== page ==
The result is an engine that now revs just as hard and as happily as its zingy 1.5L sibling. From 4,000rpm where the torque is at its peak, this thing just comes alive and shows no signs of restraint until its raised 7,000rpm cut off. The frenzy is felt most during acceleration at speeds, such as when coming out of a corner, where the added punch gives a much harder slingshot to the next bend.
It’s not just sporty driving that benefits from the increase in engine output, the car also feels noticeably better to drive around town, with the engine’s chubbier mid-range offering a stronger pull from the lights or intersections.
The six-speed automatic fitted to our test car is unchanged from before, but there’s no need to. This is one of the best auto’s ever fitted to a sports car, from its quick and smooth changes to its ability to pick the right gear all the time, the auto is a lot of fun in the hills, with the added benefit of taking the stress out of the daily grind. It’s nowhere near as involving and pure as a manual box, but we were pleasantly surprised with just how responsive and well optimised this automatic was in comparison.
Also not fettled is the suspension, so is the steering. While some lament its soft set up giving a tad too much body roll in corners, we think this only adds to the car’s enjoyment, as you can feel the weight transfer and almost anything that’s going on underneath thanks to its communicative chassis and steering. Mazda’s marketing talk of ‘Jinba Ittai’ about the oneness of car and driver does have some merit to it after all.
Despite the hatchback-spec 205mm wide tyres, grip is exceptionally good so you can really nail this thing into a corner with confidence, knowing that the wonderfully locked down nose would obey and the rear end ever so keen to cooperate and rotate. No doubt, this is still one of the most balanced and progressive sports cars around. We just wished it had a better engine note, as it could get grainy when revved.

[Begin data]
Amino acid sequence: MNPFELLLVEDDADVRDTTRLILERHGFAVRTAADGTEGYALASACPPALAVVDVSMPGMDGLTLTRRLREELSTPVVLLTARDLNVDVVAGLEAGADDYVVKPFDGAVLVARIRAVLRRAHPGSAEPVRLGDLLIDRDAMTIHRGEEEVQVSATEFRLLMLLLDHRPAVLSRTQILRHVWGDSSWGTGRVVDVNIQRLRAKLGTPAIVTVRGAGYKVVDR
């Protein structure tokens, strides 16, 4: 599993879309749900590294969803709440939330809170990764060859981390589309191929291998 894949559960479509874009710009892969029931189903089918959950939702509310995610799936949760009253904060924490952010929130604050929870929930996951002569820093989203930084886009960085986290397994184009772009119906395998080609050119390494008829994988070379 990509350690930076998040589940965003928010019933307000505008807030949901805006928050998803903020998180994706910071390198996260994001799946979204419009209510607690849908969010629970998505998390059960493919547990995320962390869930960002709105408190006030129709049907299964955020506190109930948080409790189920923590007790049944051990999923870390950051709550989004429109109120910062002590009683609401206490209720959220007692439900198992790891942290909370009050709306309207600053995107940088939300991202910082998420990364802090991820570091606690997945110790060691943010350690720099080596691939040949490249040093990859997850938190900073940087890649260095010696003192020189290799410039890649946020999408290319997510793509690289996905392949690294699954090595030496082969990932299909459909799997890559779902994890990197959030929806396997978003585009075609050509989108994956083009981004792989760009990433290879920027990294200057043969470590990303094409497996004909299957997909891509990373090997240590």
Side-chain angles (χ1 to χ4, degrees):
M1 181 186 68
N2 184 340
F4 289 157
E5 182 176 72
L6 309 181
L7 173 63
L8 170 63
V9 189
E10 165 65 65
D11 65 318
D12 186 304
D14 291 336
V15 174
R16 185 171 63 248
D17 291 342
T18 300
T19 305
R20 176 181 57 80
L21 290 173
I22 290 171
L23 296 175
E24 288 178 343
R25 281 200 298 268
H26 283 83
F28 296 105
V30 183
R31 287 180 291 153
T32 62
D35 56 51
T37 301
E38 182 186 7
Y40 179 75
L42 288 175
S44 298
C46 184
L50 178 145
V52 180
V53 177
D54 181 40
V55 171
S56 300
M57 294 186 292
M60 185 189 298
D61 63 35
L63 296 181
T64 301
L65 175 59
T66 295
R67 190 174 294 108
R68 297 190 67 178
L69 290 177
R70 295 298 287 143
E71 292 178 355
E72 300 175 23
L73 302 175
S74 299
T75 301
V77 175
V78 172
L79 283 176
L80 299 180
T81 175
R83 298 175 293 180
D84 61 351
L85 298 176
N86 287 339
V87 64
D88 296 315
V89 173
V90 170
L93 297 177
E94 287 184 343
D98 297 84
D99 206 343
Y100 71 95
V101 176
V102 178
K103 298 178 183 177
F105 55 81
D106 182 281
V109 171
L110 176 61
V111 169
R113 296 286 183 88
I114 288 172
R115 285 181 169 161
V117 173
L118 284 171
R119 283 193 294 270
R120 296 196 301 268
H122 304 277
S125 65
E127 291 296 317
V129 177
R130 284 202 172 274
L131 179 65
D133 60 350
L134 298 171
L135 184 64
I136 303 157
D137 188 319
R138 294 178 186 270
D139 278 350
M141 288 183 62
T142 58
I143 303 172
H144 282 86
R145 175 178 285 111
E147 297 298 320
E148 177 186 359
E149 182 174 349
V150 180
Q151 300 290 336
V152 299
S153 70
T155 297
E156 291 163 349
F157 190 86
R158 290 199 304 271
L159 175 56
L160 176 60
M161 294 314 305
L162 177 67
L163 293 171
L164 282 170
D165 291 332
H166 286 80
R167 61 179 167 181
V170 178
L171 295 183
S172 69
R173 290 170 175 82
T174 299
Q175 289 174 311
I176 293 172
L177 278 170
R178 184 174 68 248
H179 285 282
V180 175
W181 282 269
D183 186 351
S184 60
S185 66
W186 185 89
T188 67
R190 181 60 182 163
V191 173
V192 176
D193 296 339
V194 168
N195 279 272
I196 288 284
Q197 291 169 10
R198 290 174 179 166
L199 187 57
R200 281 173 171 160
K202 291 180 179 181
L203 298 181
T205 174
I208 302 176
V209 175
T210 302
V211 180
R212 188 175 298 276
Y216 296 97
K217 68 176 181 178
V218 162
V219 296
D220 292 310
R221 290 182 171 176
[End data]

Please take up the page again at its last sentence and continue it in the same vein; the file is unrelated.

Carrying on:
Fuel economy for the MX-5 will largely come down to how it’s driven. With a regularly heavy right foot, we managed an acceptable figure of 10.4L/100km for the auto against Mazda’s claim of 7.2L/100km, which in itself is down from the 7.4L/100km rated for the previous model.
Design & Comfort
Performance & Handling
Equipment & Features
- Great design
- Zingy engine
- Superbly fun
- Everyday usability
- Lack of interior storage
- Engine coarseness at high revs
Mazda has made all the right improvements to the MX-5 to boost its appeal even further. From the subtle interior tweaks to the improved safety features, the lightweight convertible has just gone from great to fabulous. And with a zestier engine, especially in the 2.0-litre guise, the MX-5 continues to be one of our favourite sports car under $50k.
2019 Mazda MX-5 RF Pricing and Specification
|Price (Excl. on-road costs):||From: $41,960
RF 2.0 manual $41,960
As tested: $47,960 (RF GT 2.0 automatic)
|Warranty:||5 years/unlimited kilometers|
|Country of Origin:||Japan|
|Service Intervals:||12 months/10,000km|
|Engine:||2.0-litre in-line 4-cylinder petrol engine:
135kW @ 7,000rpm, 205Nm @ 4,000rpm
|Transmission:||6-speed automatic or 6-speed manual|
|Power to Weight Ratio (W/kg):||124.4|
|Combined Fuel Consumption (L/100km):||Claimed: 7.2 / Tested: 10.4|
|Fuel Capacity (L):||45|
|Body:||2-door convertible, 2 seats|
|Safety:||5-star ANCAP, 4 airbags, ESP, ABS, BA, EBD, TCS, BSM, RCTA, Emergency Stop Signal, Autonomous Emergency Braking, Hill Launch Assist, limited-slip differential (6-speed manual only), Smart City Brake Support, blind spot monitoring, rear cross traffic alert, tyre pressure monitoring, traffic sign recognition|
|Dimensions (L/W/H/W-B) mm:||3,915/1,735/1,235/2,310|
|Kerb Weight (kg):||1,112|
|Turning Circle Between Kerbs||9.4|
|Entertainment:||7-inch touchscreen with MZD Connect and satellite navigation, Bluetooth, USB/iPod and Auxiliary input|